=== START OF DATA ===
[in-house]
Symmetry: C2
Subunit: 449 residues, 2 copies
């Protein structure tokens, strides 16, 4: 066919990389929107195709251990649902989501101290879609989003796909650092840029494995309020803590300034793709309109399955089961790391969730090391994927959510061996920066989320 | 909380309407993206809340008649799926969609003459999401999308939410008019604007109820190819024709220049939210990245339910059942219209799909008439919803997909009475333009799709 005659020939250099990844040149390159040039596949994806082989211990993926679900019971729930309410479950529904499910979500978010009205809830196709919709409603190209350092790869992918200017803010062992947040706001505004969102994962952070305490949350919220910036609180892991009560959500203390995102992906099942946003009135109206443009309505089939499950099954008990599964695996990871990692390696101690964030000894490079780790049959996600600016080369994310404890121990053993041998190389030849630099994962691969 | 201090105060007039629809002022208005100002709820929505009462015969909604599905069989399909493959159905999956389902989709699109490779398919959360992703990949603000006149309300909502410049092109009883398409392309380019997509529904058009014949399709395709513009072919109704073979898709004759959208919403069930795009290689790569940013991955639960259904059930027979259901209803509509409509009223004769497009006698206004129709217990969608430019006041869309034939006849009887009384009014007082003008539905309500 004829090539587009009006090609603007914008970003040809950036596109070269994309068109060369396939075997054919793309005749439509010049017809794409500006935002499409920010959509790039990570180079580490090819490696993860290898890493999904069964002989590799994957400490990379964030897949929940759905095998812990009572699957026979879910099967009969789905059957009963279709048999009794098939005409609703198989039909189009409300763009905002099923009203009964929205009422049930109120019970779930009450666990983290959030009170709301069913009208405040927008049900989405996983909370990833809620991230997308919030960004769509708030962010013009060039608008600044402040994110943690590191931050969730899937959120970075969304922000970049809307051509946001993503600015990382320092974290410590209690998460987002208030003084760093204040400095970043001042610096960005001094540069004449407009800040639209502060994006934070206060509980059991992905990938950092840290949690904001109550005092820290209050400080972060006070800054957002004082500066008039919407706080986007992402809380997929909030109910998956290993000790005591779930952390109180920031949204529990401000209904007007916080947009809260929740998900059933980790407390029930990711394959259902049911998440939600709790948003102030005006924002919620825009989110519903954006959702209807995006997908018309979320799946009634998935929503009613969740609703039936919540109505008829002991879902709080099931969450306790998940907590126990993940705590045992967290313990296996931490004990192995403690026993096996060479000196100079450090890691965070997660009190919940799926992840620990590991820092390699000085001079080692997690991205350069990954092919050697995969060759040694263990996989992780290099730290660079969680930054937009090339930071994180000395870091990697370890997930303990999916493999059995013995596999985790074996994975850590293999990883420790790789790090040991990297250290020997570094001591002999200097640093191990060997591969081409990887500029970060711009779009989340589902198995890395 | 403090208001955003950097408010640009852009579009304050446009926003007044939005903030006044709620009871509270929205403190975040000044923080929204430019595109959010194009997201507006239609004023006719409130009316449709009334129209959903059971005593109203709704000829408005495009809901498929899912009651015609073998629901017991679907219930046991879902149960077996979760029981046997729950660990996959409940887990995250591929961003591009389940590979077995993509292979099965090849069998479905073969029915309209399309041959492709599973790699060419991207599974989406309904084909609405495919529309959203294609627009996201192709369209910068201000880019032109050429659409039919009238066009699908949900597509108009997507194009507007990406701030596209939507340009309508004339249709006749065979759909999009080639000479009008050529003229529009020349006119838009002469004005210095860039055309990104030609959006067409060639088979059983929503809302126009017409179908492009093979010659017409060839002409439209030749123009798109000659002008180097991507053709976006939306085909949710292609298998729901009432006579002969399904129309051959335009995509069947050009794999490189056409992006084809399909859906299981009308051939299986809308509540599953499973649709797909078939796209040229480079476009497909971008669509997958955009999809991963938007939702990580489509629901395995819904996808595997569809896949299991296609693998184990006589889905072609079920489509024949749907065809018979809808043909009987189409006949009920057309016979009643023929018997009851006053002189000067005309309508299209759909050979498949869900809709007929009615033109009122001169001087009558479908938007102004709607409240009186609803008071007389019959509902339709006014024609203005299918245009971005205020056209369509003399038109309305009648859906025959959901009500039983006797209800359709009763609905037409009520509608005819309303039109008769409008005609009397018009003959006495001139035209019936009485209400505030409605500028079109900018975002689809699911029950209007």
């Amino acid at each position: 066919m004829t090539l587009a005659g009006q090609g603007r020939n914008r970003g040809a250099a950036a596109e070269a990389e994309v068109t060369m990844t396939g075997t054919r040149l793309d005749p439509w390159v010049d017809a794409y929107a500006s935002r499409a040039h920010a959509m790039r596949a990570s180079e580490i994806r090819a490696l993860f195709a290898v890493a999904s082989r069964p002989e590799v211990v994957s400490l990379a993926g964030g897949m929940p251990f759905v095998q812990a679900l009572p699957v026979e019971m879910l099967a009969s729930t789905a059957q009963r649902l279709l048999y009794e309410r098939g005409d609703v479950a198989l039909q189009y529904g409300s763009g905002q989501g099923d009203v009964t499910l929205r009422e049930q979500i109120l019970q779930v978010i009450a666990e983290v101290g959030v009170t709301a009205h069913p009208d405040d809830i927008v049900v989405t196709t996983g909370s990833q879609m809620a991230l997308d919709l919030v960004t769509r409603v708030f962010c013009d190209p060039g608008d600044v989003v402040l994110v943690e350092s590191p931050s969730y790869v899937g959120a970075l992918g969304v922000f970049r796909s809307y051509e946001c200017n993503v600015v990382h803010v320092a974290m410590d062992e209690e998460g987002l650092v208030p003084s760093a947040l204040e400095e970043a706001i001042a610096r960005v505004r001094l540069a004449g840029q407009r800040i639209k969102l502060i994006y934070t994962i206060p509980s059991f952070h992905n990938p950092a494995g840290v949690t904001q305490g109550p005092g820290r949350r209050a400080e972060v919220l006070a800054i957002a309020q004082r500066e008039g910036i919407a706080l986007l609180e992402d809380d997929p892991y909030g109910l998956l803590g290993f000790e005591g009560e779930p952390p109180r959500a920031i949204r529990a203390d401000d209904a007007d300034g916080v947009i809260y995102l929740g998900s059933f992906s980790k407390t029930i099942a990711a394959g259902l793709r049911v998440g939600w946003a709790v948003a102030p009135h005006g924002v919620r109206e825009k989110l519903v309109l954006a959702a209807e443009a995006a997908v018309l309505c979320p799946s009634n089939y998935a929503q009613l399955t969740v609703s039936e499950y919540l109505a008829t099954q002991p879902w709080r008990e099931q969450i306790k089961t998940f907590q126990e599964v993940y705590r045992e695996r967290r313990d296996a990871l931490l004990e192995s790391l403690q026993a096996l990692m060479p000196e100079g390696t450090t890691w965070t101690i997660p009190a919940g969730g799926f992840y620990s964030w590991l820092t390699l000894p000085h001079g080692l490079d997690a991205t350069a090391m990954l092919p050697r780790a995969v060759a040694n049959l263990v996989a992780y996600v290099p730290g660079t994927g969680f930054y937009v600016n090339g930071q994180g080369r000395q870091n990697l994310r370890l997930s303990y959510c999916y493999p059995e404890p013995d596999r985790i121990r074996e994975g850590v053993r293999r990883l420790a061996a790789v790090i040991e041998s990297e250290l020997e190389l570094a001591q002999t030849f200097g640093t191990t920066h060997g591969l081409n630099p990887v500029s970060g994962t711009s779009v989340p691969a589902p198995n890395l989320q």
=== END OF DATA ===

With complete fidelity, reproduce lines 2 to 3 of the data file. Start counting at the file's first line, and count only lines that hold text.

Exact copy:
Symmetry: C2
Subunit: 449 residues, 2 copies